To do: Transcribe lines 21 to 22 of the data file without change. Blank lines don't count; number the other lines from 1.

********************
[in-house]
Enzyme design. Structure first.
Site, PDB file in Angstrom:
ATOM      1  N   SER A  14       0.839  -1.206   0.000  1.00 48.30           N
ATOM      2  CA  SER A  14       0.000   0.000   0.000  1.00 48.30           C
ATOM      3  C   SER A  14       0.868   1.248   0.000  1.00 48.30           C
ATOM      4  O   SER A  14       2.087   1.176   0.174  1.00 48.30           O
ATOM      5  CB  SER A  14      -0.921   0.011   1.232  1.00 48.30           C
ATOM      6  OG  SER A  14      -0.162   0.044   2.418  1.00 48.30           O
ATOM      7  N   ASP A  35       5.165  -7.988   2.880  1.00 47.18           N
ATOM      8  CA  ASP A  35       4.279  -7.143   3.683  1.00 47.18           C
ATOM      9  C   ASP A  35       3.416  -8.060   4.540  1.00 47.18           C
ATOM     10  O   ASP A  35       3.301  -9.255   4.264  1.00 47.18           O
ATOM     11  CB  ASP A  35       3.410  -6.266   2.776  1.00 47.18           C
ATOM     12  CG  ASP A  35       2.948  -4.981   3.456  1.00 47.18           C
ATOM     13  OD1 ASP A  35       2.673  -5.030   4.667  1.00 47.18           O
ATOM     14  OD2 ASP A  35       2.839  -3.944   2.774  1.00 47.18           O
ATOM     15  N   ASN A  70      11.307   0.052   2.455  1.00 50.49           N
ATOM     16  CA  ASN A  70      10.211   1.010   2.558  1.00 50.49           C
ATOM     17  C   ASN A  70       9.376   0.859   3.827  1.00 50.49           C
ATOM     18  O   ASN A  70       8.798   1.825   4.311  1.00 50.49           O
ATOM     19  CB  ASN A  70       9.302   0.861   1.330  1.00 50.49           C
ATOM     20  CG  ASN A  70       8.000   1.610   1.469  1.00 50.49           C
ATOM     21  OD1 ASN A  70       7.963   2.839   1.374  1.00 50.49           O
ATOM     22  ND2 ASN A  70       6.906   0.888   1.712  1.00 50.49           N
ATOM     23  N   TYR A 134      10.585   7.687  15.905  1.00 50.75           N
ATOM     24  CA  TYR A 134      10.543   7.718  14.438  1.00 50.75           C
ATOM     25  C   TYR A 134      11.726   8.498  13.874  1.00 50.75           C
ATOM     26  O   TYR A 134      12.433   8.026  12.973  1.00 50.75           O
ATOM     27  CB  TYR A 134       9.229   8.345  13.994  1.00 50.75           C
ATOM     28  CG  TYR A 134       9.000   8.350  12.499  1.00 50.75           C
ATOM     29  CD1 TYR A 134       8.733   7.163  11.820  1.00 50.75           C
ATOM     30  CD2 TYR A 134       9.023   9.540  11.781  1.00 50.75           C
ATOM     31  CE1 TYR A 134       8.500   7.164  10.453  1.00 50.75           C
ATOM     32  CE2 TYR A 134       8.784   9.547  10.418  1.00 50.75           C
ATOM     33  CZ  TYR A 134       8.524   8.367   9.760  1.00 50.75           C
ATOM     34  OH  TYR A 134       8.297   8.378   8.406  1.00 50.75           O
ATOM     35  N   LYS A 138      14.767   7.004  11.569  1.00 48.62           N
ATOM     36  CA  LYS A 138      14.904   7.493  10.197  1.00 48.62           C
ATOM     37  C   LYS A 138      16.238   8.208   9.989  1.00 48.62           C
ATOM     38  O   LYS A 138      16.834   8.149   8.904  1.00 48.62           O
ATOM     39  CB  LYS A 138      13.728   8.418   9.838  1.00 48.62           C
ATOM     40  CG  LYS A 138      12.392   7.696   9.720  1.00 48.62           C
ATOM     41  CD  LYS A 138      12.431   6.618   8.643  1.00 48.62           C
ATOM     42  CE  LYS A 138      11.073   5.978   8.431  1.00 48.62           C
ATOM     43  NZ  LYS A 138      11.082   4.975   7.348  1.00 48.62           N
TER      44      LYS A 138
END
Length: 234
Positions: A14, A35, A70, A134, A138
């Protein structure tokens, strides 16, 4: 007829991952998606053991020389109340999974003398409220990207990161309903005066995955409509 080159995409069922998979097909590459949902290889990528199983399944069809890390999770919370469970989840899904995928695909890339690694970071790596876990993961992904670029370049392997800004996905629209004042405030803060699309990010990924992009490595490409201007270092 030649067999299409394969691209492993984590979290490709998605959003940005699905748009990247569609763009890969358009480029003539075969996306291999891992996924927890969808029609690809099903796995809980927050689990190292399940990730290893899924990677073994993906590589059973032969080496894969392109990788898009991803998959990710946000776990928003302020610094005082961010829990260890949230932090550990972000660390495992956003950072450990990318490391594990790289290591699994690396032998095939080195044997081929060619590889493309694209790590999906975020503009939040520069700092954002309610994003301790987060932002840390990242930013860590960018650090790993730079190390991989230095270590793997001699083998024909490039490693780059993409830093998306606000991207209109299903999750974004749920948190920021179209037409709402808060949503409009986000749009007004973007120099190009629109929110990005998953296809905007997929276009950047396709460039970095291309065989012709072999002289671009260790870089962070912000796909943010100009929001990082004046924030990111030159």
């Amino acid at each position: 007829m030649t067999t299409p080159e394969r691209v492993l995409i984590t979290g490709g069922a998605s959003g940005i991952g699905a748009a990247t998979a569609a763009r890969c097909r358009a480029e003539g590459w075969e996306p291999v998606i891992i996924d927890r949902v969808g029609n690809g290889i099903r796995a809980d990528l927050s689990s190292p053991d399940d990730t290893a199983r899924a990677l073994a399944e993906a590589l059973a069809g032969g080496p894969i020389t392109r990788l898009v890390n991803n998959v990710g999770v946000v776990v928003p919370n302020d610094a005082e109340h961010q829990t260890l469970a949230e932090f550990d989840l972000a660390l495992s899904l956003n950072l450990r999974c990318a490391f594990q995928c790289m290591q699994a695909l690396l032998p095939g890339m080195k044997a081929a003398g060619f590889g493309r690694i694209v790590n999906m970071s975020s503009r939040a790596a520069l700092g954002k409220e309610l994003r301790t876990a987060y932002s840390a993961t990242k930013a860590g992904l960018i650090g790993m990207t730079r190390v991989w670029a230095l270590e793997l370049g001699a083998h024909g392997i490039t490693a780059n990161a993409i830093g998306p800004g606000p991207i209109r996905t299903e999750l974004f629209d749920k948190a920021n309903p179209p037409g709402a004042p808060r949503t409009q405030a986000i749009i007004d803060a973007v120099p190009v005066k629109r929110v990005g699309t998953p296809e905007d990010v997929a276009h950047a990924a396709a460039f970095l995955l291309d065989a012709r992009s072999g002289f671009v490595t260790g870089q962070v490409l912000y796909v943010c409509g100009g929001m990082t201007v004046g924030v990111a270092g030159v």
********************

ATOM     18  O   ASN A  70       8.798   1.825   4.311  1.00 50.49           O
ATOM     19  CB  ASN A  70       9.302   0.861   1.330  1.00 50.49           C